Wellbeing Editor, Chloe Payne-Cook, considers the difference between a conventionally healthy lifestyle, and one which becomes harmfully obsessive.
By far the thing I struggle with the most, in terms of my diet, is finding the balance between healthy and harmful. I am aware that people who have not experienced disordered eating or eating disorders also find this a struggle.
once you’ve suffered with disordered eating or eating disorders, it is very, very difficult to ever ‘fully’ recover
But for people, like myself, who have had eating disorders, food and diet can be very difficult arenas to tackle. I’ve gone from being put on food supplements by my GP to try and make me gain weight, to being told by this same GP two years later, that I need to lose a bit of weight.
I am a 5ft 2, size 10 woman. My BMI tells me that I am overweight and need to lose weight. My friends and family tell me that I look healthy and happy. I no longer fall into my ‘safe-weight’ zone (of being 9 and a half stone) which makes me uncomfortable but it always will.
Epigram / Chloe Payne-Cook
Of course, this might sound like disordered eating and realistically, it probably is. But the fact of the matter is, once you’ve suffered with disordered eating or eating disorders, it is very, very difficult to ever ‘fully’ recover.
This is not to dismiss or disregard people who have made amazing recoveries. It is possible!! And many people achieve it. I am recovered and applaud myself for overcoming these immensely complex conditions. What I am trying to say is that it is very hard to completely let go of these deeply ingrained feelings towards diet and exercise.
Hence why I am writing this piece. As somebody who have experienced eating disorders, I often wonder where the line between healthy and harmful lies. When does my diet and exercise become unhealthy?
Before Christmas last year, I decided to join slimming world, to budge a couple of pounds and reach a weight of 9 stone, or less. This concerned my girlfriend and some of my friends, however I told myself that a lot of people try to lose weight before Christmas, in order to off-set the inevitable gain.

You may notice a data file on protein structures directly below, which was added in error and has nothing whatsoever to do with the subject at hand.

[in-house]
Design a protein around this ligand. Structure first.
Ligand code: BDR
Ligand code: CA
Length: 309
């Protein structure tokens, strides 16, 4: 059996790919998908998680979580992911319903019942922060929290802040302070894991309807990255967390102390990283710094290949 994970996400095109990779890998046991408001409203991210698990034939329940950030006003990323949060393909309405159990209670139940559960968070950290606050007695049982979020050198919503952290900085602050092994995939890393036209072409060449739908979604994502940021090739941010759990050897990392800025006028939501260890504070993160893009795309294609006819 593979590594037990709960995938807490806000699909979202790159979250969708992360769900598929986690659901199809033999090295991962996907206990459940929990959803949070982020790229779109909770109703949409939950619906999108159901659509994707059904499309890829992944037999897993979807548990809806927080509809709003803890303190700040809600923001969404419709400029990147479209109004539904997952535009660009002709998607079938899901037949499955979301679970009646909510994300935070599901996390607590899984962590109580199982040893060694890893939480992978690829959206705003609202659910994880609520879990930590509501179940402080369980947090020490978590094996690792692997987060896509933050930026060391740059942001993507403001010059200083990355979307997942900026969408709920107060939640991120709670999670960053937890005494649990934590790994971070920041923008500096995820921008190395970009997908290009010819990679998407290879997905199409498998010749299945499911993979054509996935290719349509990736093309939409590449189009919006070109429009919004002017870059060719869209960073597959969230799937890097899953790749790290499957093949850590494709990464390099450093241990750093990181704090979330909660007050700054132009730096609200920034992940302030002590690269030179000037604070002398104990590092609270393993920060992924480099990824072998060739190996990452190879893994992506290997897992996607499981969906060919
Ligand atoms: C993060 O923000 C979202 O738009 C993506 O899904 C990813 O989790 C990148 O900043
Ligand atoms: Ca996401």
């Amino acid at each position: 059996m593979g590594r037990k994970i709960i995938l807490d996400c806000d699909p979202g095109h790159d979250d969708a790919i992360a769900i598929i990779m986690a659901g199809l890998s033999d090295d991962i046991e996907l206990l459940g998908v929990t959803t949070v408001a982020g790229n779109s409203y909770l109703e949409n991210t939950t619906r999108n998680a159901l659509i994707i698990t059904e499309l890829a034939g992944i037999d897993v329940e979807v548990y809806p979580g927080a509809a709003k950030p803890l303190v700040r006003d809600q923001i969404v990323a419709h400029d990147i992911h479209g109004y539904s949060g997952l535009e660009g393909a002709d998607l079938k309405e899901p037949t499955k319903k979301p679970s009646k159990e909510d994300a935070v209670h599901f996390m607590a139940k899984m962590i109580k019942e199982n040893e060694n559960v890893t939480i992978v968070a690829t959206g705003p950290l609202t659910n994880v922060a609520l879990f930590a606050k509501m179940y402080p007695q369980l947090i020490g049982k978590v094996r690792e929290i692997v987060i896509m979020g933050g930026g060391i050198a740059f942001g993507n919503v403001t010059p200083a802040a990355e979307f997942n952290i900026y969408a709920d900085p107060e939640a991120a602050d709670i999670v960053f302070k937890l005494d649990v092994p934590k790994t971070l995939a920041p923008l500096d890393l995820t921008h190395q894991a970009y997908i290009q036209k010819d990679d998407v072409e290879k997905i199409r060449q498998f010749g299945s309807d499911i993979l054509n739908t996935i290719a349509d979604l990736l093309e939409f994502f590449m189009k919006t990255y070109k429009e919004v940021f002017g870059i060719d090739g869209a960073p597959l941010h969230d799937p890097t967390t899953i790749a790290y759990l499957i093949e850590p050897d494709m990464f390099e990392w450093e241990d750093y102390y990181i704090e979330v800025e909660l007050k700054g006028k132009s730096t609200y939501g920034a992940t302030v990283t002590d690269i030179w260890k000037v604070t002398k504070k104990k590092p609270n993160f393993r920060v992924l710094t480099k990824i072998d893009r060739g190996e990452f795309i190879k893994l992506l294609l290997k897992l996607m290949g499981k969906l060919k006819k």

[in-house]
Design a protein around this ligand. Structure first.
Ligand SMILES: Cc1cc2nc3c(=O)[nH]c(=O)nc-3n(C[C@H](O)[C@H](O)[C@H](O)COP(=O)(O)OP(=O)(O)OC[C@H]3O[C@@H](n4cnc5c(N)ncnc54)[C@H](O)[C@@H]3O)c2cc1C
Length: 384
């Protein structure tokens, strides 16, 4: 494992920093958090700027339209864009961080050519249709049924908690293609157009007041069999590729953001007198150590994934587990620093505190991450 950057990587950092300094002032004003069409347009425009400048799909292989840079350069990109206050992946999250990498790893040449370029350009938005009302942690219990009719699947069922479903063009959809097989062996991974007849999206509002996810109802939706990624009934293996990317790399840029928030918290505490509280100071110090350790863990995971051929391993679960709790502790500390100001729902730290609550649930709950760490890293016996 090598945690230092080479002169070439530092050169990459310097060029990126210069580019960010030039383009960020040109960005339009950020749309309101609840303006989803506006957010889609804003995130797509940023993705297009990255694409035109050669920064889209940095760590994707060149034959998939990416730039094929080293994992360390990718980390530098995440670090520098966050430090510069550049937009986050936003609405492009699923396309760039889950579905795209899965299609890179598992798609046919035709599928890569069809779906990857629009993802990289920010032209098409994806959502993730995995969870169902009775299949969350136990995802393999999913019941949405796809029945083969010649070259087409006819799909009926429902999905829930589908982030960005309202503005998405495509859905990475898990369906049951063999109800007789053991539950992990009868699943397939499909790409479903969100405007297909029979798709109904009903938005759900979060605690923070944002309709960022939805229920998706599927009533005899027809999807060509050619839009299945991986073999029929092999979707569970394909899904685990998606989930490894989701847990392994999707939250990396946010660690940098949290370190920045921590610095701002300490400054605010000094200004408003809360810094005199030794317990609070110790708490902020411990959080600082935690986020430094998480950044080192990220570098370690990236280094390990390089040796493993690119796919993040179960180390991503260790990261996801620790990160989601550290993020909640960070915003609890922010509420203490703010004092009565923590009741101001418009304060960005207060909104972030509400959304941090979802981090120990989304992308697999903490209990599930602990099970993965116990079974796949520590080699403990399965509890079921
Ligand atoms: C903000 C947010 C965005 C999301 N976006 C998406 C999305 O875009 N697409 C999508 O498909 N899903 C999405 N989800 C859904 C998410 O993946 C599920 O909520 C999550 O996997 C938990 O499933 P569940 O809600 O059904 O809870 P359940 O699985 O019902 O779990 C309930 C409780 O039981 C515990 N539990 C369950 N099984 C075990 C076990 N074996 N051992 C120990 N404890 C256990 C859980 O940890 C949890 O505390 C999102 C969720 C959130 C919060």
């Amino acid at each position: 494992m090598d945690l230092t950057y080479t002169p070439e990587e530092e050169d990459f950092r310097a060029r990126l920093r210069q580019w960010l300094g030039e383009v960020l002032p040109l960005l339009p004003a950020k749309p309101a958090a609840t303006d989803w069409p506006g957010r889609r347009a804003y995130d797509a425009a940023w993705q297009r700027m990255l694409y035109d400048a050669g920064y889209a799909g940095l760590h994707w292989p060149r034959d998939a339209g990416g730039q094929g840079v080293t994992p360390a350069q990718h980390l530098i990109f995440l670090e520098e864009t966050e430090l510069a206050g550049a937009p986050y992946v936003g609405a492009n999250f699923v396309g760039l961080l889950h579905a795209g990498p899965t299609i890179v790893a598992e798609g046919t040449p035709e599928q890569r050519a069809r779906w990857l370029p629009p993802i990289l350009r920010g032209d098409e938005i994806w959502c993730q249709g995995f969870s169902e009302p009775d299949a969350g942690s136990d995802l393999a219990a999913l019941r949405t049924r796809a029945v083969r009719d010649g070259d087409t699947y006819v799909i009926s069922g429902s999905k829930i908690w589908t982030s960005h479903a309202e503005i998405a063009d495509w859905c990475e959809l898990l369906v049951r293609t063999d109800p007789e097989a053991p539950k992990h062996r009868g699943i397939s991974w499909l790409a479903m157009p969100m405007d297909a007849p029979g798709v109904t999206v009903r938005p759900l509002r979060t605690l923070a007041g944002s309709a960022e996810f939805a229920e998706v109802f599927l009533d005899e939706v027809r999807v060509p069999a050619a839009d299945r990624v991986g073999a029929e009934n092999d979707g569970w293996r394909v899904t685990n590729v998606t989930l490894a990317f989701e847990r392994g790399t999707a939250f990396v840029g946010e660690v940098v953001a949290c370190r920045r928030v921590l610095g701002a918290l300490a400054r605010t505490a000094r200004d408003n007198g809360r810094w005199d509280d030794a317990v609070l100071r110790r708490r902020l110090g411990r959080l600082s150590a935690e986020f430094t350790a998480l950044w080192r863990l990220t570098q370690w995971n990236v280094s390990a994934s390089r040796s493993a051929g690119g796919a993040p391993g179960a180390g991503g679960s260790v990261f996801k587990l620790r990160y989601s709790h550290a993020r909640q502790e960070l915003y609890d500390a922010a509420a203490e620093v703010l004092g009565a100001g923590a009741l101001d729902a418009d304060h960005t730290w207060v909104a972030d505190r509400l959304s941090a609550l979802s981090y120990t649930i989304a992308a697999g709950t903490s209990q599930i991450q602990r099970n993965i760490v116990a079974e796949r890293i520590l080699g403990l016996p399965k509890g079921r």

my mood can still be altered depending on whether I’ve had a ‘healthy’ or ‘unhealthy’ day
I am member of Bristol’s body positive society and I think women of all shapes and sizes have beautiful bodies. Yet, I cannot, however hard I try, apply this logic to myself. Was this not a healthy or ‘normal’ decision to make?
These tribulations can affect eating disorder sufferers daily. My mood can still be altered depending on whether I’ve had a ‘healthy’ or ‘unhealthy’ day – which, it’s worth writing, are both social constructs and are in no way indicative of your worth as a person!!
BUT HEY, on the flip side of this, is the idea of harm. When does an unhealthy day become not ‘normal’. When does it become a binge day? This line is often so hard to establish. A binge day means I am inclined to have obsessive and all-encompassing thoughts about making myself sick.
As somebody who has suffered with anorexia, bulimia and excessive exercising, I am constantly trying to navigate the road between healthy and harmful. Quite frankly, it’s exhausting. I compare my own diet to my peers to try and gage whether what I am doing is right.
I am still teaching myself to fuel my body correctly, but not in a way which is deemed ‘too healthy’. I can’t risk cutting out food groups, such as carbs, for fear of becoming obsessive. Additionally, exercising can become problematic as I push myself further into ‘needing’ to exercise everyday in order to be ‘safe’ or comfortable.
just know that you are worth more than your weight, and you are not defined by a number on a scale
When you are recovering from an eating disorder, or even disordered eating of any sort, there is such a strong emphasis on changing your outlook to a healthy one. But everyone’s definition of a healthy diet differs, and quite substantially so.
In a society which epitomises thinness as a healthy ideal, it can be beyond difficult to distance yourself from diet culture. I continue to try, despite how hard it is. Although in the media, recovery is often represented as quick, relatively painless and a guaranteed pathway, it is in fact incredibly difficult.
My recovery continues to be long, painful and featuring relapse. Excuse the vintage expression, but we are stuck between a rock and a hard place. We are too healthy or not healthy enough. Fattening food is good, but only if we still look healthy. Chocolate is fine but only if you fit into a healthy BMI. We are constantly receiving messages such as this from society, the media and even our own GPs.
Epigram / Chloe Payne-Cook
My advice, from somebody who is still going through recovery (and probably will be forever, which is fine), is to know yourself. It’s so much easier said than done and I appreciate that, trust me.
But knowing yourself, your body and your habits enables you to identify when your personal diet becomes ‘unhealthy’ or a cause for concern. From experience, I know it can feel impossible to get measurements such as BMIs out of your world. Just know that you are worth more than your weight, and you are not defined by a number on a scale.
Featured image: Epigram / Chloe Payne-Cook